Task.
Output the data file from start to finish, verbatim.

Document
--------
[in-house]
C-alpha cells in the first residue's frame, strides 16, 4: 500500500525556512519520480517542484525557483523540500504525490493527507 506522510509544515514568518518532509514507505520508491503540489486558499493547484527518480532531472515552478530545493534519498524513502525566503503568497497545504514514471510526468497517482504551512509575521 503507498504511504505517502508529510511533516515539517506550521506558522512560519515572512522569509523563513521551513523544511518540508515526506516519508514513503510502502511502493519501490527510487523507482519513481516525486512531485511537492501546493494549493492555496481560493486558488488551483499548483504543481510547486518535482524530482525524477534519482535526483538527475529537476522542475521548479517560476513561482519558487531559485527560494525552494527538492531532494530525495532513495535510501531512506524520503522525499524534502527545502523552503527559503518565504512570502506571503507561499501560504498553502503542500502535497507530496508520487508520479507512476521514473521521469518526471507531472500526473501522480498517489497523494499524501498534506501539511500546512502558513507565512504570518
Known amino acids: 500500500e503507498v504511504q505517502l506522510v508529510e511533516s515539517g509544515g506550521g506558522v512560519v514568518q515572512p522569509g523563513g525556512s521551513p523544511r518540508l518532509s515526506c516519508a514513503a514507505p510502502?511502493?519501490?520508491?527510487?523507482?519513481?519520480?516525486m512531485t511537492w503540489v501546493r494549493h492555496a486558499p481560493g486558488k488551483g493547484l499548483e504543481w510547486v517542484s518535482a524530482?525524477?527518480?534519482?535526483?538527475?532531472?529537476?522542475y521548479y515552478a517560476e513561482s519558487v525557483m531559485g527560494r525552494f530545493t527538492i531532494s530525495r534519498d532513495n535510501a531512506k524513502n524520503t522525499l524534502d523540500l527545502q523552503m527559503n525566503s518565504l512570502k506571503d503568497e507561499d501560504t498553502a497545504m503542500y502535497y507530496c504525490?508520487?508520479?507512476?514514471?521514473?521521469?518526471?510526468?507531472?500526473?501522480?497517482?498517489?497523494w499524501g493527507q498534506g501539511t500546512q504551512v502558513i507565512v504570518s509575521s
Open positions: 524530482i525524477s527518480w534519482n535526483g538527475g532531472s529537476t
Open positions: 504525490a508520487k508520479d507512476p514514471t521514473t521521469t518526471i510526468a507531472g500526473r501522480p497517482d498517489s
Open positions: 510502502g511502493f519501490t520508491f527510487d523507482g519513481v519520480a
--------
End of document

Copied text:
[in-house]
C-alpha cells in the first residue's frame, strides 16, 4: 500500500525556512519520480517542484525557483523540500504525490493527507 506522510509544515514568518518532509514507505520508491503540489486558499493547484527518480532531472515552478530545493534519498524513502525566503503568497497545504514514471510526468497517482504551512509575521 503507498504511504505517502508529510511533516515539517506550521506558522512560519515572512522569509523563513521551513523544511518540508515526506516519508514513503510502502511502493519501490527510487523507482519513481516525486512531485511537492501546493494549493492555496481560493486558488488551483499548483504543481510547486518535482524530482525524477534519482535526483538527475529537476522542475521548479517560476513561482519558487531559485527560494525552494527538492531532494530525495532513495535510501531512506524520503522525499524534502527545502523552503527559503518565504512570502506571503507561499501560504498553502503542500502535497507530496508520487508520479507512476521514473521521469518526471507531472500526473501522480498517489497523494499524501498534506501539511500546512502558513507565512504570518
Known amino acids: 500500500e503507498v504511504q505517502l506522510v508529510e511533516s515539517g509544515g506550521g506558522v512560519v514568518q515572512p522569509g523563513g525556512s521551513p523544511r518540508l518532509s515526506c516519508a514513503a514507505p510502502?511502493?519501490?520508491?527510487?523507482?519513481?519520480?516525486m512531485t511537492w503540489v501546493r494549493h492555496a486558499p481560493g486558488k488551483g493547484l499548483e504543481w510547486v517542484s518535482a524530482?525524477?527518480?534519482?535526483?538527475?532531472?529537476?522542475y521548479y515552478a517560476e513561482s519558487v525557483m531559485g527560494r525552494f530545493t527538492i531532494s530525495r534519498d532513495n535510501a531512506k524513502n524520503t522525499l524534502d523540500l527545502q523552503m527559503n525566503s518565504l512570502k506571503d503568497e507561499d501560504t498553502a497545504m503542500y502535497y507530496c504525490?508520487?508520479?507512476?514514471?521514473?521521469?518526471?510526468?507531472?500526473?501522480?497517482?498517489?497523494w499524501g493527507q498534506g501539511t500546512q504551512v502558513i507565512v504570518s509575521s
Open positions: 524530482i525524477s527518480w534519482n535526483g538527475g532531472s529537476t
Open positions: 504525490a508520487k508520479d507512476p514514471t521514473t521521469t518526471i510526468a507531472g500526473r501522480p497517482d498517489s
Open positions: 510502502g511502493f519501490t520508491f527510487d523507482g519513481v519520480a